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SUNY Potsdam Education Alumni Honor Jean Lemieux Pottle '68 with 2016 St. Lawrence Academy Medal
The SUNY Potsdam School of Education Alumni Association recently honored Jean Lemieux Pottle, a member of the Class of 1968, with the 2016 St. Lawrence Academy Medal, at the College’s Bicentennial Reunion Weekend.
The St. Lawrence Academy Medal is presented to a SUNY Potsdam graduate who has made significant contributions to the field of professional education or related fields. The Alumni Association recognized Pottle for her commitment to excellence in education and her selfless dedication to students.
Pottle has had a long and distinguished career, not only as a gifted teacher, but as a prolific writer and skilled administrator of a federal grant program that has positively impacted math and science education in North Country schools for 10 years. She was a non-traditional student at SUNY Potsdam when she earned her bachelor’s degree in 1968 and master’s degree in 1972. She began her career teaching seventh and eighth grades at St. Lawrence Central Schools in Brasher Falls, N.Y. Later, she taught at SUNY Potsdam’s Campus School, where she designed innovative curricula for grades five through eight, including multi-graded, open and self-contained classrooms.
In 1989, Pottle became a consultant educator for the Research Foundation of New York, overseeing the administration of several Dwight D. Eisenhower Grants. For the next decade, she was responsible for the team of educators that provided summer professional development programs for math and science teachers in schools throughout the North Country. The team designed and presented one- and two-week workshops for elementary, middle and high school teachers, using campus resources as well as field activities designed to highlight the Adirondack region’s natural and cultural resources. She also wrote curricular materials that were distributed to participants and area schools. Pottle’s work was well ahead of its time, providing modeling and interdisciplinary approaches to teaching in language arts, the physical and life sciences and technology.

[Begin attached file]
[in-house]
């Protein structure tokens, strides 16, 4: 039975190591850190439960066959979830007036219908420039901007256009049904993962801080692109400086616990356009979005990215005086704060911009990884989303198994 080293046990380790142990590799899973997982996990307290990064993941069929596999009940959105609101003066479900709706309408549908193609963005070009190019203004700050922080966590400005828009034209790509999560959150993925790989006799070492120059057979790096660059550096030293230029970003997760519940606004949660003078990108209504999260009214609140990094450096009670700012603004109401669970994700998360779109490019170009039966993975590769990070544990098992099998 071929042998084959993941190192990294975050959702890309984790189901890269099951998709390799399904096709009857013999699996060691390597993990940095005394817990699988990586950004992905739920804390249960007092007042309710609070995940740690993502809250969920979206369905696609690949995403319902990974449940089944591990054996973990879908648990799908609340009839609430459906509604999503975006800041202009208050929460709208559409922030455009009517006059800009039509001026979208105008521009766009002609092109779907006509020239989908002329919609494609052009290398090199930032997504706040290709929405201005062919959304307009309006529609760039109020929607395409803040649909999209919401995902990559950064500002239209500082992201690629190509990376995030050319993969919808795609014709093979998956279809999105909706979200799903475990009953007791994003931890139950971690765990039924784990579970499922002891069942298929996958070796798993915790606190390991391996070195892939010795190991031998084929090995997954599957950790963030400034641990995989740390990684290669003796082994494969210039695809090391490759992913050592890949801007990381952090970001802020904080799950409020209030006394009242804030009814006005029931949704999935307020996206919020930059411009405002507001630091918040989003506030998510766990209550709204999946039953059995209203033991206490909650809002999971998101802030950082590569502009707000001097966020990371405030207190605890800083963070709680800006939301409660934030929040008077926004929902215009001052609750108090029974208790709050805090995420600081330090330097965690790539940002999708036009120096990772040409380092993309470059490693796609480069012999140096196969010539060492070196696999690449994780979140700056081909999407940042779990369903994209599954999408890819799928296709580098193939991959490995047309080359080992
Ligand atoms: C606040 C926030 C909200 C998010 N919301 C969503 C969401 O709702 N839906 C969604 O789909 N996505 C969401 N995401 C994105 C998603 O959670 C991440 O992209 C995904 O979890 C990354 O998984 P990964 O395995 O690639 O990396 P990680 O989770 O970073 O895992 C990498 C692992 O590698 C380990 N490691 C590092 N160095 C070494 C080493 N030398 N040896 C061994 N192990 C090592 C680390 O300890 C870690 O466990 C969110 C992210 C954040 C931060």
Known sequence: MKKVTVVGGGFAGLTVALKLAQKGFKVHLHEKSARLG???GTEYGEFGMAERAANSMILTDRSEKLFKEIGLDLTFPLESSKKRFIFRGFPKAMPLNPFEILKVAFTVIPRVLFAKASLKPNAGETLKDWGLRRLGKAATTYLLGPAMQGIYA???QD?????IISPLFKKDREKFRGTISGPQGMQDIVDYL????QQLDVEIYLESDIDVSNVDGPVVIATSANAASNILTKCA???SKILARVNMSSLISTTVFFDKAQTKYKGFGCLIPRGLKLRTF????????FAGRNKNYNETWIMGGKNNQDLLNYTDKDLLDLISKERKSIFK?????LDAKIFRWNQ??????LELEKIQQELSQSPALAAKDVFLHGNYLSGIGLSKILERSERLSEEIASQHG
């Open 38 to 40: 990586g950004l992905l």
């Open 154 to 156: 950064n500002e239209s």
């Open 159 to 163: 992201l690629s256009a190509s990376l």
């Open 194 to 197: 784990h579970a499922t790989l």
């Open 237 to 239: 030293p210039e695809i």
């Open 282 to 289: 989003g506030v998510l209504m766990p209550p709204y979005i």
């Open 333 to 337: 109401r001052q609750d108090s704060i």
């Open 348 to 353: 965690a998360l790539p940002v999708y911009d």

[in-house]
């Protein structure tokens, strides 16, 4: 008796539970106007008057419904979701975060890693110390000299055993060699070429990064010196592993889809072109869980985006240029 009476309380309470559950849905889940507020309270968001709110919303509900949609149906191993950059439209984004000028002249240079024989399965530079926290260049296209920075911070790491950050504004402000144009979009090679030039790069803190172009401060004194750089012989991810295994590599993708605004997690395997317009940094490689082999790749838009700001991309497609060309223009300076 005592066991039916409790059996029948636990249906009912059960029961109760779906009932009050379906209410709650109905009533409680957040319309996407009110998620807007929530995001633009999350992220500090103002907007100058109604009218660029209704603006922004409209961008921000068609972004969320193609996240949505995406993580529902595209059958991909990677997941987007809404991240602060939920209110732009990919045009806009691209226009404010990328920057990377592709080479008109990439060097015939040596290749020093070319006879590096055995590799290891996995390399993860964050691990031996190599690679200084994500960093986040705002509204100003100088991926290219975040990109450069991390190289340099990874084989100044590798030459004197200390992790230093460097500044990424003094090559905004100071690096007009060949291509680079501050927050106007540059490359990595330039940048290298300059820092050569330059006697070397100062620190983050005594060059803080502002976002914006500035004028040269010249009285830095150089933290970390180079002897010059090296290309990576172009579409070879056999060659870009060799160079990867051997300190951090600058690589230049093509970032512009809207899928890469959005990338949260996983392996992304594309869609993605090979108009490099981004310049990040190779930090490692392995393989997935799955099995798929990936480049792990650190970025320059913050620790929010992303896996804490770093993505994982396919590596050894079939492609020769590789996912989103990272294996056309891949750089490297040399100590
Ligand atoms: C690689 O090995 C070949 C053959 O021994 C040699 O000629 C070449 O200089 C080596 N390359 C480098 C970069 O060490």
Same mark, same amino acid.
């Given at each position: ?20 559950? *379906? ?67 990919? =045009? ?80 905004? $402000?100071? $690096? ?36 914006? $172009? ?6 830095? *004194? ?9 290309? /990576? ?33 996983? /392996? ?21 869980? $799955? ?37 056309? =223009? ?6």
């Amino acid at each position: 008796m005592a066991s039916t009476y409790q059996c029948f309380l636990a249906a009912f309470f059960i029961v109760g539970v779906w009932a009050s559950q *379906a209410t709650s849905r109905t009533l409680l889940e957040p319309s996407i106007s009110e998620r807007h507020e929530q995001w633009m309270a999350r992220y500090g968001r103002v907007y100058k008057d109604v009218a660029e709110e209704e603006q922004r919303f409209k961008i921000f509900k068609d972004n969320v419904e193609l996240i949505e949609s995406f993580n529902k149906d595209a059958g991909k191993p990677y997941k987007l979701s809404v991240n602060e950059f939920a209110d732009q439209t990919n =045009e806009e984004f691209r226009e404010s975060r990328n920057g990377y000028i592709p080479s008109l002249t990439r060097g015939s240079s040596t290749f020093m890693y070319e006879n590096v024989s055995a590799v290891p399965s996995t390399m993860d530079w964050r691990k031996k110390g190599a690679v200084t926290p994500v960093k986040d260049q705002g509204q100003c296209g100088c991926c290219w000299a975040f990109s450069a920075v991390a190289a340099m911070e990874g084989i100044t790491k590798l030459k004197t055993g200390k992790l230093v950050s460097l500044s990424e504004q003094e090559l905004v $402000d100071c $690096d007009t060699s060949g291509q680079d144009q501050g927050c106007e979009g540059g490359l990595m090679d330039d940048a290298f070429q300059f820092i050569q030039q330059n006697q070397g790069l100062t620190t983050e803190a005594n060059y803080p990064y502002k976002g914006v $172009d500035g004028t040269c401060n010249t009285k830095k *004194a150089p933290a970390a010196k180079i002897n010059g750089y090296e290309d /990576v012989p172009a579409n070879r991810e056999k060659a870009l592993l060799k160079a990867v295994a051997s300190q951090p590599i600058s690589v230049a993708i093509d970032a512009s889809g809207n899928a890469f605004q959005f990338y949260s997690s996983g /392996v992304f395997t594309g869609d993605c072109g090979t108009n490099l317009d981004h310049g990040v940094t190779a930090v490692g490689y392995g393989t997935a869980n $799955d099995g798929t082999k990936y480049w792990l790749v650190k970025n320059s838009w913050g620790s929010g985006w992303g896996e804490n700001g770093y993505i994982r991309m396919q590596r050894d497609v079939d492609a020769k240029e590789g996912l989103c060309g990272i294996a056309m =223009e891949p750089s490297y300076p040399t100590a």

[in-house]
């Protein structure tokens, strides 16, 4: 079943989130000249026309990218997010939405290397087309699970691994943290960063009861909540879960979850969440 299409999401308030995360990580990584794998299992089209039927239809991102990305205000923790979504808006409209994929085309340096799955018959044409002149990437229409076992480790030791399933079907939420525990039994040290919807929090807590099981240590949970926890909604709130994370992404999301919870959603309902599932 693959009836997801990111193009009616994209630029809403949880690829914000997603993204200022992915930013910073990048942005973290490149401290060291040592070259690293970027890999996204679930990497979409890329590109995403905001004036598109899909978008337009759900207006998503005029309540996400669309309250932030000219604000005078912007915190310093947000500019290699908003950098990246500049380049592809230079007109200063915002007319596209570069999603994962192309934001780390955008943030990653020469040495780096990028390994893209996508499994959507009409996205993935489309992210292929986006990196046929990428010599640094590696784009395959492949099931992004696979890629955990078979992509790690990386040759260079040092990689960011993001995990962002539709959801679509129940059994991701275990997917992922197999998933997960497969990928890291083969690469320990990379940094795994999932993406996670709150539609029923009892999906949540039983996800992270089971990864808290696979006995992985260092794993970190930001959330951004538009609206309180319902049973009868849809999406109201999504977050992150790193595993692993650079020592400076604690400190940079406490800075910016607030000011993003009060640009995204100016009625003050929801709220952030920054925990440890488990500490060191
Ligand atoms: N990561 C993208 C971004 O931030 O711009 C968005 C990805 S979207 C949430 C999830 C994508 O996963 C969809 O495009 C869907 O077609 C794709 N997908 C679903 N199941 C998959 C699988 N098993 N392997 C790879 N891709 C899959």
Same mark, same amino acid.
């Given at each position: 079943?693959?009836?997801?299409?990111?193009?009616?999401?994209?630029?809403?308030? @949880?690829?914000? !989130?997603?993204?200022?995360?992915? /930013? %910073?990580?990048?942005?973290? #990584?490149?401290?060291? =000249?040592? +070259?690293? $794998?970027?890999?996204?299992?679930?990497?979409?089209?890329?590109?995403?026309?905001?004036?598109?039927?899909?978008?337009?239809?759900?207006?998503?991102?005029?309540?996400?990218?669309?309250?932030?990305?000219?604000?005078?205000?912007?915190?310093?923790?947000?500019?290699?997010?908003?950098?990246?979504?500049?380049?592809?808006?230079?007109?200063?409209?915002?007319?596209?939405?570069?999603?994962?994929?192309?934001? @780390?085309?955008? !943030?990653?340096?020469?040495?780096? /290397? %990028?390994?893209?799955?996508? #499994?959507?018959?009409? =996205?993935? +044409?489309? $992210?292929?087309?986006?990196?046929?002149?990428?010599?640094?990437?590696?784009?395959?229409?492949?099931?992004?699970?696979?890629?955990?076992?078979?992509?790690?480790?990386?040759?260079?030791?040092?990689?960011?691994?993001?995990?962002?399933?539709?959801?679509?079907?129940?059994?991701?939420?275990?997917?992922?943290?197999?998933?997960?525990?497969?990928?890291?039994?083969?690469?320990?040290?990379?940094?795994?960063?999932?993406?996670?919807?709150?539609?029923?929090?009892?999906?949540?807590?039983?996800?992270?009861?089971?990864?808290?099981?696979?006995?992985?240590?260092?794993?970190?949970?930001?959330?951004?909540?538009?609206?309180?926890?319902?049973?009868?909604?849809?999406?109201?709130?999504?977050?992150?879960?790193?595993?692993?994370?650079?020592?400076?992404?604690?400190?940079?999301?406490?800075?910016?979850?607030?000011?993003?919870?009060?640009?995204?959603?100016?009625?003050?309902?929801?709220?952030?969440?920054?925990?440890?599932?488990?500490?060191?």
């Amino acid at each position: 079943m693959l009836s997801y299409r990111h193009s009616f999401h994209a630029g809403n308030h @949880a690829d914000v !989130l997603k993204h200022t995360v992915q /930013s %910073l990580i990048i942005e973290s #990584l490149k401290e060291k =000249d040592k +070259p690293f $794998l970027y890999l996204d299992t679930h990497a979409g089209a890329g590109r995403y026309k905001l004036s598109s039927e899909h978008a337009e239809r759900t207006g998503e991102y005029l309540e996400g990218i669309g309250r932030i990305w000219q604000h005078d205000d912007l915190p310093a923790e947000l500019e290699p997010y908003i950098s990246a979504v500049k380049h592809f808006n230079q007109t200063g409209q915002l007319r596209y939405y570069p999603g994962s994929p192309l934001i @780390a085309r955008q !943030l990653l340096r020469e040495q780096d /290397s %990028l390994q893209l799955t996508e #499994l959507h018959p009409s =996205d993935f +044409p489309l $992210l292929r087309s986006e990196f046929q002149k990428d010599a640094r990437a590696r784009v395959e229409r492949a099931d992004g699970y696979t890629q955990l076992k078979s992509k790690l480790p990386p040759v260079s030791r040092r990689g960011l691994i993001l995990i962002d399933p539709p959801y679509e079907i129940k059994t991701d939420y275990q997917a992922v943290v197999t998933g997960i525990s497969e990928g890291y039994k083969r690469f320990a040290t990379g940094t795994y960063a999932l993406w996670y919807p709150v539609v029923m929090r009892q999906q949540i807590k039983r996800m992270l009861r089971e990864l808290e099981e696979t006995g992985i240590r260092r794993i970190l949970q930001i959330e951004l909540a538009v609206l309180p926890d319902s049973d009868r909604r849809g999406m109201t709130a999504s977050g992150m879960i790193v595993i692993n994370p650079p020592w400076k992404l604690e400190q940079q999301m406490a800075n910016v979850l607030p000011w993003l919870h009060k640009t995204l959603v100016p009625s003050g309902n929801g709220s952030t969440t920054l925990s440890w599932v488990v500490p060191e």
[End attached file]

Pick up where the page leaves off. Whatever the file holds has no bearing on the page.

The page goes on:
Pottle’s career also included eight years as a librarian and English instructor at Mid-State College in Auburn, Maine. In addition to her teaching, she is the author of 11 books and numerous journal articles on teaching and writing across the curriculum, and integrating science and language arts in the classroom. Throughout her career, Pottle has always been extremely supportive of her colleagues, with boundless enthusiasm, energy and creativity. One of her campus colleagues said that “she possesses those qualities we all value in teachers – a passion for her subject, the ability to see beyond boundaries, and the energy and enthusiasm to always move forward with her ideas and commitment.” Another praised her spirit of congeniality and ability to build effective working relationships with her fellow educators.
The St. Lawrence Academy Medal is named for the predecessor institution to The State University of New York at Potsdam. Founded in 1816, the Academy focused on teacher training from its founding—a tradition that continues to the present day with the rigorous liberal arts and sciences foundation offered at SUNY Potsdam.
To find out more about education at SUNY Potsdam, visit www.potsdam.edu/academics/soeps.
Founded in 1816, The State University of New York at Potsdam is one of America’s first 50 colleges—and the oldest institution within SUNY. As the College marks its bicentennial in 2016, SUNY Potsdam will celebrate a 200-year legacy of pioneering programs and educational excellence. The College currently enrolls approximately 4,100 undergraduate and graduate students. Home to the world-renowned Crane School of Music, SUNY Potsdam is known for its challenging liberal arts and sciences core, distinction in teacher training and leadership in the arts. Empowered by a culture of creativity, the campus community is nearing the completion of Take the Lead: The Campaign for Potsdam, which has raised $33.5 million for scholarships and programs.